But no one else is carrying your baby.
And no one’s experience with this amazing process is quite like yours. So indulge yourself for a minute and really feel the wonder of it. Breathe a sigh of gratitude. You’ve been caught up in the excitement and the worries, the preparations and shopping, the fascinating new shapes your body is taking and all the strange (sometimes overwhelming) new sensations you’re feeling. Meanwhile, this little being is riding along inside you, enjoying the bounces and the taste of your breakfast . . . and (by the third trimester) eavesdropping on everything you say!
Yes, you are already communicating with your baby. He knows the rhythms of your body and your sleep cycles, your movements and stillness, and, most important, the sound of your voice. Compelling research shows that their mother’s voice plays a crucial role in babies’ growth and development in the womb. Long before you hold your baby in your arms, you begin nurturing him through the power of your unique voice.
Deepak Chopra writes about this connection in his beautiful book, Magical Beginnings, Enchanted Lives: A Holistic Guide to Pregnancy and Childbirth:
The process is one that is called neuro-associative conditioning. Your nervous system anchors your emotional well-being to the vibration of the sound. . . . The rhythm and pitch of human voices are clearly perceptible in the womb. . . . An unborn child becomes familiar with his mother’s voice long before he emerges from the womb.
This early connection, which expectant and new parents sense intuitively, is now being proven by science. Research shows that babies in the third trimester can hear, recognize, and even remember sounds—especially their mother’s voice—and this stimulation plays a vital role in their development.
Studies also show that reading to babies in utero is particularly powerful. Newborns have been found to respond to rhythmic, rhyming stories that were read to them regularly in the last weeks before birth. When your newborn baby cries, you can read him a poem or story you’ve practiced repeatedly during pregnancy and he will be stilled by the familiar beat and the beauty of the voice he has been listening to for months.
Wouldn’t it be nice to have one more way of comforting your new baby when he gets fussy? If you start talking, singing, and reading to your baby in the womb, you’ll see his face light up when he hears you in person! Until then, you can know that he is already loving, and learning from, the sweet sound of his mother’s voice.
“If we aim to create a nonviolent world,” says Deepak in his book, “we must begin with love and nourishment in the womb.” In other words, if you foster calm and peace in your baby’s environment even before he’s born by communicating with him consciously, the effects can last through his childhood, perhaps carrying that deep-seated feeling of well-being throughout his life and sharing it with the world.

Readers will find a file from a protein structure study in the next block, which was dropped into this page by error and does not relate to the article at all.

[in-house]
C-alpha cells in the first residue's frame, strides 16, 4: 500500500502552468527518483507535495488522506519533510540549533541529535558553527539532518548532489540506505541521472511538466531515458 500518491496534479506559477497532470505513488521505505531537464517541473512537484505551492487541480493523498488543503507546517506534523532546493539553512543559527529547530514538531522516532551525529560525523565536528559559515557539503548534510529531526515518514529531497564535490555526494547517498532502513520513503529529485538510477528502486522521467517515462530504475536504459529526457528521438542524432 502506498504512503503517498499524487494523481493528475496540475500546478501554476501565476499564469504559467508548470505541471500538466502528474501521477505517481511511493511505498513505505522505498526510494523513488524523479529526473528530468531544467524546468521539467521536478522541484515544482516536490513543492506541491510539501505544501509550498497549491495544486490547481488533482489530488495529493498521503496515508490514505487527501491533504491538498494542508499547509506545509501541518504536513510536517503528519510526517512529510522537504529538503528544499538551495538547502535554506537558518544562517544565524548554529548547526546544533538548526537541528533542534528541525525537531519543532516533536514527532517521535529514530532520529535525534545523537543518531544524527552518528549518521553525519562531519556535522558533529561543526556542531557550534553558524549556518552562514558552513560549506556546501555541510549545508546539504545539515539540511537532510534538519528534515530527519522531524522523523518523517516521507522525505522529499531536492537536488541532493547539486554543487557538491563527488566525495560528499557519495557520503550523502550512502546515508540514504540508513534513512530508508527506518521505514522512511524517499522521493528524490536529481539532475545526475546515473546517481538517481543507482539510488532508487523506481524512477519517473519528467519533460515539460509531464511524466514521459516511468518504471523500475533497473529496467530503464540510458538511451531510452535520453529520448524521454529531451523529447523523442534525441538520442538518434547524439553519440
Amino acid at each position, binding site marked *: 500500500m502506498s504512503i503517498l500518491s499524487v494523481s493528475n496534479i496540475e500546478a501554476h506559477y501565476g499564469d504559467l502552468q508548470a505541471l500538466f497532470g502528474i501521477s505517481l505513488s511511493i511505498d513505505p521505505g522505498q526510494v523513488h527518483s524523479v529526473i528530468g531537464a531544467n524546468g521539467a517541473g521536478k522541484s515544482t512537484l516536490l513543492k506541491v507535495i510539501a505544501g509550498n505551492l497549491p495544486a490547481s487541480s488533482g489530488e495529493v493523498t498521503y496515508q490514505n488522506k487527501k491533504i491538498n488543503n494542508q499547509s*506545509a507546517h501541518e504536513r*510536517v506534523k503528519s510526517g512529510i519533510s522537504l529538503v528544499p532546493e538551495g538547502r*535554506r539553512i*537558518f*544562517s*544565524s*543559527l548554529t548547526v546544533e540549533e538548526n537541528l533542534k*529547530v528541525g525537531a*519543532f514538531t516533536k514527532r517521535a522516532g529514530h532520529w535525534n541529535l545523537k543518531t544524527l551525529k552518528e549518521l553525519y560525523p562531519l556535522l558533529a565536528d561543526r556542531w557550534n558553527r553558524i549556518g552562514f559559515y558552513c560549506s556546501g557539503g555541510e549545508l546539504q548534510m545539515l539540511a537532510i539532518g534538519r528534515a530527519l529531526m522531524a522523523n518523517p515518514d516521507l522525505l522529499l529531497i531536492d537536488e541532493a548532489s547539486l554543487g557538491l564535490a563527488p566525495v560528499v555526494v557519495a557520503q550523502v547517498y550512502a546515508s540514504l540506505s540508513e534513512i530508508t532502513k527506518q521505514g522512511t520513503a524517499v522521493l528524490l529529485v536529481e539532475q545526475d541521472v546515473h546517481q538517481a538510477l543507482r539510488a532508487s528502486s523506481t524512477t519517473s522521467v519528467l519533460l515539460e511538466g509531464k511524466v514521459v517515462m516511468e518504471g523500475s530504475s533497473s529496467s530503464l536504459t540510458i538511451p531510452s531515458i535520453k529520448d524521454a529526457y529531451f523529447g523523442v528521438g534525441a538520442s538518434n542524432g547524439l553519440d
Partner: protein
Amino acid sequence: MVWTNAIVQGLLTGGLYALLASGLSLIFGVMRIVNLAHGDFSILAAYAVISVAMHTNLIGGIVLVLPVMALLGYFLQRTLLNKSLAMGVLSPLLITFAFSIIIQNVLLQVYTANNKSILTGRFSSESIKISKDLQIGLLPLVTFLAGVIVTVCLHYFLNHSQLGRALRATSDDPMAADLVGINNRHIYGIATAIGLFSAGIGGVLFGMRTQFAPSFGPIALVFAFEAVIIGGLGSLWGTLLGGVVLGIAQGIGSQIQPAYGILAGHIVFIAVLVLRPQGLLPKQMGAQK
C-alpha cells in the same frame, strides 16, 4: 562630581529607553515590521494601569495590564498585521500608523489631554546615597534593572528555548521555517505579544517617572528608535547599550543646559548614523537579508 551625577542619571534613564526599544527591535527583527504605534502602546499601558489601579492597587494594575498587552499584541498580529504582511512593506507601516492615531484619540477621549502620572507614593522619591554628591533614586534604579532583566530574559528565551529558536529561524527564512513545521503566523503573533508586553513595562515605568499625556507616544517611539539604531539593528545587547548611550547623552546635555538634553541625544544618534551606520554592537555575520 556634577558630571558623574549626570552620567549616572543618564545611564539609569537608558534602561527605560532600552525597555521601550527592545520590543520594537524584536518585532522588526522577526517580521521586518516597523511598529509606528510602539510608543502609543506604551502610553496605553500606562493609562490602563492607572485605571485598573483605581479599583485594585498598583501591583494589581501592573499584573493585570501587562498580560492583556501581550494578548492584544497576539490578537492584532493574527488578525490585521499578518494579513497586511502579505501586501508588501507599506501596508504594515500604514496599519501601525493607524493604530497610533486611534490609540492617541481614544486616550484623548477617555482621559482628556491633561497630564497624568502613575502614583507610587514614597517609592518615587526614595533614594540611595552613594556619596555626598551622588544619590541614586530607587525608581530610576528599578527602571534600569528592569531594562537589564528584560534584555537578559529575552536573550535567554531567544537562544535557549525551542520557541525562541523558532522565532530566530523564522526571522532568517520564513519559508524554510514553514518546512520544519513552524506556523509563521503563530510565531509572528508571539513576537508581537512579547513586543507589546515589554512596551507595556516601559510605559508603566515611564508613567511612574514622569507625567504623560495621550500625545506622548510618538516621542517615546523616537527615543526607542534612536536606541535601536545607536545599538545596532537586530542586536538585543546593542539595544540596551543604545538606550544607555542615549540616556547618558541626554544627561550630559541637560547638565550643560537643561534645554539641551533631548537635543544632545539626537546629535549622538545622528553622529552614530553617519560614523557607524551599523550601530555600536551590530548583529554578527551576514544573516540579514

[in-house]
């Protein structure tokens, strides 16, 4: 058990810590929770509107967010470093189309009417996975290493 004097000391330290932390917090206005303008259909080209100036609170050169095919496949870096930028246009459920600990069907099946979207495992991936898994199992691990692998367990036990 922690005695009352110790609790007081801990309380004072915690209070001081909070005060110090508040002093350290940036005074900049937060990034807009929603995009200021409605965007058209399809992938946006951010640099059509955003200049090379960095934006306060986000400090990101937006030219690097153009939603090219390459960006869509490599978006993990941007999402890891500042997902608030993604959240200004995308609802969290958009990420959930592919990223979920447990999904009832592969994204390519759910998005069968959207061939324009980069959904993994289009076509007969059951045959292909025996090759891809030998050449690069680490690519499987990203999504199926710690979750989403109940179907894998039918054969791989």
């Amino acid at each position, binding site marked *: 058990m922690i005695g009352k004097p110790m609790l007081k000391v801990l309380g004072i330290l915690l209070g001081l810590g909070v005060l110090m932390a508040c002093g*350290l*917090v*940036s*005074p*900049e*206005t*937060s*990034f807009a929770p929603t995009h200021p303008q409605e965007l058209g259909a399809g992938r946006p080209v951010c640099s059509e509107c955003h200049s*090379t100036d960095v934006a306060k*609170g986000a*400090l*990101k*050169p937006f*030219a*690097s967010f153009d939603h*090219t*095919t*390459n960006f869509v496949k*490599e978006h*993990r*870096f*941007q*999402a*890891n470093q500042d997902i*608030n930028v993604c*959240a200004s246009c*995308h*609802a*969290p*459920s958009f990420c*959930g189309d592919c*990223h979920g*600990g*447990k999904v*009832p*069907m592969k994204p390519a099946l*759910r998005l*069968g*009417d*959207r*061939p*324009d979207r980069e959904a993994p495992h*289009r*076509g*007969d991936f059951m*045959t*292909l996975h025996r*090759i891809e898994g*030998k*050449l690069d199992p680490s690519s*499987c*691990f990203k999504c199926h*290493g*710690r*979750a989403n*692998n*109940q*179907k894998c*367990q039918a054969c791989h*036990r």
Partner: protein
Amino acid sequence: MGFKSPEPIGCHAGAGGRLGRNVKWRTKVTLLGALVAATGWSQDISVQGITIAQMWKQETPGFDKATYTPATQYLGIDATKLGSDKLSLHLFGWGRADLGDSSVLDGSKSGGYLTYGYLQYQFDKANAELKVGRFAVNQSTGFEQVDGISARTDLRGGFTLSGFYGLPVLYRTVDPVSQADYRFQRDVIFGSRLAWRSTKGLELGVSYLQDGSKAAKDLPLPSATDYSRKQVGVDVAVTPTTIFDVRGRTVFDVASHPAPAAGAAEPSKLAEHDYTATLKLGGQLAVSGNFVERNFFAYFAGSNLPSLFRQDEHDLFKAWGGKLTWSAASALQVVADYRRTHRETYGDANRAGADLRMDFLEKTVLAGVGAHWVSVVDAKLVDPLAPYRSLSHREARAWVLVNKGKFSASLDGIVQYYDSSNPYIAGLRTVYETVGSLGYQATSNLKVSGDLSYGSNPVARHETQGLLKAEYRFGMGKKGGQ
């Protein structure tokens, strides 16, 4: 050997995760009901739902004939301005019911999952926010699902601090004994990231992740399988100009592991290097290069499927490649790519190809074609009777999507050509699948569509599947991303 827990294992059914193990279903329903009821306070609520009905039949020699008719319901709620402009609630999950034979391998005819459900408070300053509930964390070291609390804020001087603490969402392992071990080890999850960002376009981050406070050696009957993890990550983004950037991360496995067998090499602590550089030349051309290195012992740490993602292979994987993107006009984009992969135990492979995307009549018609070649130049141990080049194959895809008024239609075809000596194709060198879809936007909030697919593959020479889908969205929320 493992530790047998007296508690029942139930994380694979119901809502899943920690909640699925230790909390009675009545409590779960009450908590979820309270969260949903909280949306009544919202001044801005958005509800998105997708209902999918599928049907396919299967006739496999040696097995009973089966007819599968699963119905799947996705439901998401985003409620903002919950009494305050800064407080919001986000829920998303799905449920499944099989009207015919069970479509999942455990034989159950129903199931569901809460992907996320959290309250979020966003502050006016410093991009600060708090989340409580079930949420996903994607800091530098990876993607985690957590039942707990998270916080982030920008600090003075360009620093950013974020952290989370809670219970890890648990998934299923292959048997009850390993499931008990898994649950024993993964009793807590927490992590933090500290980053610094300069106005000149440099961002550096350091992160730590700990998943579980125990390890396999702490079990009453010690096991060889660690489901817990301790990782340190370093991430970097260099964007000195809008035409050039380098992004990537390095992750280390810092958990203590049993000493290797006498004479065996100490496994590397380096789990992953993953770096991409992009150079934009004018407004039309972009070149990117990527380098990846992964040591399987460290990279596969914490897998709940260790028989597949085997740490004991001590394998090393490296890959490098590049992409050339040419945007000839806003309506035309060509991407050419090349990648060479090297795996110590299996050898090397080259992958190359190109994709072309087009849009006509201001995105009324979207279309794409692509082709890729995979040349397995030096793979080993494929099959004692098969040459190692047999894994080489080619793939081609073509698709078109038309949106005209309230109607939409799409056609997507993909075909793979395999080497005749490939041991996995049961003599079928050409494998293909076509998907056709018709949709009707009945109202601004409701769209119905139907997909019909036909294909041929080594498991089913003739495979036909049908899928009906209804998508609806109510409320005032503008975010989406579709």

Imagine a world where all babies experienced this “magical beginning”! It could become a reality, starting with you. Now, that opportunity is a lot to be thankful for.
We at The Reading Womb are so grateful to all of our readers, and to everyone who has supported Belly Books, the first board books specially created to read to the baby in the womb.
It comes so naturally for an expectant mother to bond with the baby who’s sharing her body. For the expectant father, it might take a little encouragement. If you’re a new family in the making, right now is the perfect time to celebrate Daddy-to-be and his very real connection with the baby in the womb.
To experience this connection is deeply moving during pregnancy and amazing to witness after birth. And the effects can last for years to come!
- This study by the American Psychological Association found that patterns of bonding established before birth affected parents’ and children’s levels of stress and anxiety into the toddler years.
- This study found that fathers who took an active role in the early stages of their babies’ development led to their children performing better in cognitive tests by the age of two.
- And this one demonstrated that fathers who embrace becoming a parent from their child’s infancy are less likely to have children with behavioral problems before teenhood.
Talking to the baby in utero is one of the first and best ways for the father-to-be to start loving, caring for, and teaching his baby. From the third trimester or earlier, a baby’s ears are developed enough for her to hear both of her parents’ voices. It will help, of course, if Daddy gets close and speaks, laughs, and sings directly to the bump.
And reading aloud is an especially powerful way for him to share his voice. Numerous studies have shown that babies in utero can recognize and remember stories read aloud to them, especially in the last trimester of pregnancy. Newborns then respond to those same stories, especially read in the familiar voices they heard from the womb.
To get started, Dad-to-be can:
- Designate a special time every day (bedtime is great!) to snuggle up with Mom-to-be and take turns reading to baby.
- Choose a story that’s rhythmic and repetitive; the research says that babies respond best to stories with an inherent beat.